Areal Flood Warning, Washington County, flooding reported

THIS ALERT will be updated as further notices are issued throughout the day

SOUTHERN UTAH – The National Weather Service has issued an “Areal Flood Warning” for Washington County today in effect until 5 p.m.

Conditions – The NWS Doppler radar indicated heavy rain over the warned area and rain gauges in the area indicate heavy rain is falling.

Timing – 11:01 a.m. – 5 p.m.

Dots denote affected area at radar time 11 a.m., Southern Utah, Sept. 11, 2013 | Image courtesy of the National Weather Service
Dots denote affected area at radar time 11 a.m., Southern Utah, Sept. 11, 2013 | Image courtesy of the National Weather Service

Affected areas – Widespread heavy rain is falling over much of central Washington County. Small streams and normally dry washes will be running high through much of today. Urban flooding has been reported with sand bagging in progress in Hurricane. Additional heavy rain can be expected through the day.

Most threatened – Small streams and normally dry washes in the warned area are likely to be running very high as the rain runs off the Pine Valley Mountains.

Precautionary and preparedness actions

The National Oceanic and Atmospheric Association and the National Weather Service offer safety rules for flash flooding:

  • Conditions may develop that lead to flash flooding.  Flash flooding is a very dangerous situation.
  • Flash flood waves, moving at incredible speeds, can roll boulders, tear out trees, destroy buildings and bridges, and scour out new channels. Killing walls of water can reach heights of 10 to 20 feet. You will not always have warning that these deadly, sudden floods are coming. When a flash flood warning is issued for your area or the moment you first realize that a flash flood is imminent, act quickly to save yourself. You may have only seconds.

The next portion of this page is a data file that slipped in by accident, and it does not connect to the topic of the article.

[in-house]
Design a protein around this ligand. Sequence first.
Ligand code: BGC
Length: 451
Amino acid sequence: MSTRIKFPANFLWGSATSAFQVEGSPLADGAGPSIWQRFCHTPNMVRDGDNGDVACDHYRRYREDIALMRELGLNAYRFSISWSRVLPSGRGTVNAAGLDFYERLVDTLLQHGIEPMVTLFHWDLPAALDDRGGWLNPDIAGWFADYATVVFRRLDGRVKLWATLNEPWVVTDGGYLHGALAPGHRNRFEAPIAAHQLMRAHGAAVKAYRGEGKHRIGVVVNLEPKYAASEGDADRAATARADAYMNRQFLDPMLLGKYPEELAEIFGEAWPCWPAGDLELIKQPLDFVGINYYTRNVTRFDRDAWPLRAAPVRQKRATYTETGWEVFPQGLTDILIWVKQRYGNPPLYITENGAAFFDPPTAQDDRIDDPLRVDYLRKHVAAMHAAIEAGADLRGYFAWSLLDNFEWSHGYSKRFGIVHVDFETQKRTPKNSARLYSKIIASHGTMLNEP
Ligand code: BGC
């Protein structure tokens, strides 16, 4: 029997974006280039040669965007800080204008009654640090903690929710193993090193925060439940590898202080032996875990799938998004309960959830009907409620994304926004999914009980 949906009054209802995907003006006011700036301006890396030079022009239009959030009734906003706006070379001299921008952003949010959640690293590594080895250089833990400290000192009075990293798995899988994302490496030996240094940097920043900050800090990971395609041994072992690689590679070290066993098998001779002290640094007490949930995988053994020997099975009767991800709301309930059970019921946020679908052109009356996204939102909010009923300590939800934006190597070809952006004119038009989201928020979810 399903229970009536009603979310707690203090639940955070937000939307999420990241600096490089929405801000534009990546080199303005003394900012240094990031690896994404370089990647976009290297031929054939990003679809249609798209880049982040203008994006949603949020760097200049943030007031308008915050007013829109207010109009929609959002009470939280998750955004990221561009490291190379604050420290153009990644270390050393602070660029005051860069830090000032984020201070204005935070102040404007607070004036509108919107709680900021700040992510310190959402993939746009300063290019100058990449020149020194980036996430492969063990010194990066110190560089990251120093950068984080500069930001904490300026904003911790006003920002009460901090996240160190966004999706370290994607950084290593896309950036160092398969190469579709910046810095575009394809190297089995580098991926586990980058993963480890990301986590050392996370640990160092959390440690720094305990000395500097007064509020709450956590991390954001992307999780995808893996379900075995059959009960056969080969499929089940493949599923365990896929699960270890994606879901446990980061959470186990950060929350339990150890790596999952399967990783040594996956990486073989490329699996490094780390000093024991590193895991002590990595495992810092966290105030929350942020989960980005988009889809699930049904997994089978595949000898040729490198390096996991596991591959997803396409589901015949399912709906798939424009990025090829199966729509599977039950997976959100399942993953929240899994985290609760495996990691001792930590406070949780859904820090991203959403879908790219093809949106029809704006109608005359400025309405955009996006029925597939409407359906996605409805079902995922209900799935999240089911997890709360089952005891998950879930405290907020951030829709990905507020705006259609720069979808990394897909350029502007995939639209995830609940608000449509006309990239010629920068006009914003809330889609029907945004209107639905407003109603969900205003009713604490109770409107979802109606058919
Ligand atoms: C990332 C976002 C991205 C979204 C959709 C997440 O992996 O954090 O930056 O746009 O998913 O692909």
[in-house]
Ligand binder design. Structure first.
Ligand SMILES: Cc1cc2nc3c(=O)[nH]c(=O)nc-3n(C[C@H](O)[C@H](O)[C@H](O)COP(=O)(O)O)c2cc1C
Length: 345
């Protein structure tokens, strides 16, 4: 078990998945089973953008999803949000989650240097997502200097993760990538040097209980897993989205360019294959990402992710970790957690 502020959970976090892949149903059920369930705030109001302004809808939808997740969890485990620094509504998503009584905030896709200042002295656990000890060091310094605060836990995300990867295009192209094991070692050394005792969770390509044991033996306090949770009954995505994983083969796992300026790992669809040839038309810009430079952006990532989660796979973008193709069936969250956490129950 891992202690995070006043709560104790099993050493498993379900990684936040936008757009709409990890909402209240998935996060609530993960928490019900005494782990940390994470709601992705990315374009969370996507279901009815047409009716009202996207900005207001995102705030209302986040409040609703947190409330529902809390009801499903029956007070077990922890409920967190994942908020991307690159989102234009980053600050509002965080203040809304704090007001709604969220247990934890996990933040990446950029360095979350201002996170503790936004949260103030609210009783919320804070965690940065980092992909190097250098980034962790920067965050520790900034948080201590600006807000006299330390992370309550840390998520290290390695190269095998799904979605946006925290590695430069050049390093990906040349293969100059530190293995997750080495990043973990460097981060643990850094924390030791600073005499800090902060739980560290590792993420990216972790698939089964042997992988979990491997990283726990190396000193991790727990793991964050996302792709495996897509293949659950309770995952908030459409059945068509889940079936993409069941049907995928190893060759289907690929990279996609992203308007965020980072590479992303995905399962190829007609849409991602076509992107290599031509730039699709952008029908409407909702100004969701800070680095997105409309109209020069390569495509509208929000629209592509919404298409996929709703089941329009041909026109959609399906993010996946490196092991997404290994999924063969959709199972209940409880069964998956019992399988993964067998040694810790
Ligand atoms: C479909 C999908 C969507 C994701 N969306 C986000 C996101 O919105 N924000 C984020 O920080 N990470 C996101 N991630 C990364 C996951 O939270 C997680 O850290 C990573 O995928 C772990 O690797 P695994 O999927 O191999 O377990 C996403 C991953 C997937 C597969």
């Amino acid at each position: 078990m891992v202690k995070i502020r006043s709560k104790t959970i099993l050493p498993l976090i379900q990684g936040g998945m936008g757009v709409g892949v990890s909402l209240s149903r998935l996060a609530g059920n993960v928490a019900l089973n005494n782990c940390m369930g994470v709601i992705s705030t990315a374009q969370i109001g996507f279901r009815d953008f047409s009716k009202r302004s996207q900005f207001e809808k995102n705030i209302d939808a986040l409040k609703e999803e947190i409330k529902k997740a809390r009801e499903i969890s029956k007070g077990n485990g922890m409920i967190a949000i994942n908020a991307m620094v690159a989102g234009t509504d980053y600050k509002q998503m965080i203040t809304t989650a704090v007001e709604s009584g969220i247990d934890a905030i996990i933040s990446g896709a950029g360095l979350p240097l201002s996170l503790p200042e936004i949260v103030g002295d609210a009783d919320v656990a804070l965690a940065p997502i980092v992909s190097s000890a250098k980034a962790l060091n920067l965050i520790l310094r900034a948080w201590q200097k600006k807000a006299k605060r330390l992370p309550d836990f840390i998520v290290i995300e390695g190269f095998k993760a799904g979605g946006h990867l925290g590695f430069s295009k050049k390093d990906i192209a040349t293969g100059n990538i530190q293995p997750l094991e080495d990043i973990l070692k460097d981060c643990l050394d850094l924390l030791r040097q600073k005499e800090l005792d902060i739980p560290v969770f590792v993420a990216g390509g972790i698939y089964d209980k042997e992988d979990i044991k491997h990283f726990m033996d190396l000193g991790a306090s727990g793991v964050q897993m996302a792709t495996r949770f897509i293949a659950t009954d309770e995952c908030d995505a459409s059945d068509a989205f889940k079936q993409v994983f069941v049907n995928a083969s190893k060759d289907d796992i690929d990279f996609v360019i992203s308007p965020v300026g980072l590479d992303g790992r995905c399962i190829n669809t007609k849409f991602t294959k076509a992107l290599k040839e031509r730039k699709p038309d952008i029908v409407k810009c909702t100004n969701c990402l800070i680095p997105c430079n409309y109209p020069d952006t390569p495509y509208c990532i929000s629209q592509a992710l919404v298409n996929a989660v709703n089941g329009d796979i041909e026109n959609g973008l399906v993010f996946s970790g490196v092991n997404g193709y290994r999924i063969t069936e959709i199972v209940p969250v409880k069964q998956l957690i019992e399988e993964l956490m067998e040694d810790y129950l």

• Most flood deaths occur in automobiles. Do not drive your vehicle into areas where the water covers the roadway. Flood waters are usually deeper than they appear. The road bed may not be intact under the water. Just one foot of flowing water is powerful enough to sweep vehicles off the road. If the vehicle stalls, abandon it immediately and seek higher ground. Rapidly rising water may engulf the vehicle and its occupants and sweep them away. Case in point: In July 2013 a tour bus in Arizona tipped over and got swept nearly one-half mile down an otherwise dry wash.
  • Do not hike rivers and especially slot canyons while flash flood warnings are in place.
  • Do not hike alone and always tell someone where you and your buddy and others are going.
  • Get out of areas subject to flooding. This includes dips, low spots, canyons, washes, et cetera.
  • Avoid already flooded and high velocity flow areas. Do not try to cross a flowing stream on foot where water is above your knees.
  • Be especially cautious at night when it is harder to recognize flood dangers.
  • Do not camp or park your vehicle along streams and washes, particularly during threatening conditions.
  • During any flood emergency, stay tuned to your NOAA weather radio, commercial radio, or television, follow St. George News at and St. George News Facebook for weather alerts and updates relevant to Southern Utah. Information from the national weather service and disaster and emergency services may save your life.

Turn around, don’t drown.

Related posts – Storm, flash flooding

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Copyright St. George News, LLC, 2013, all rights reserved.


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1 Comment

  • Sgnative September 11, 2013 at 1:52 pm

    We have a good 6-8 inches of water in our firepit in Washington. Crazy rain !

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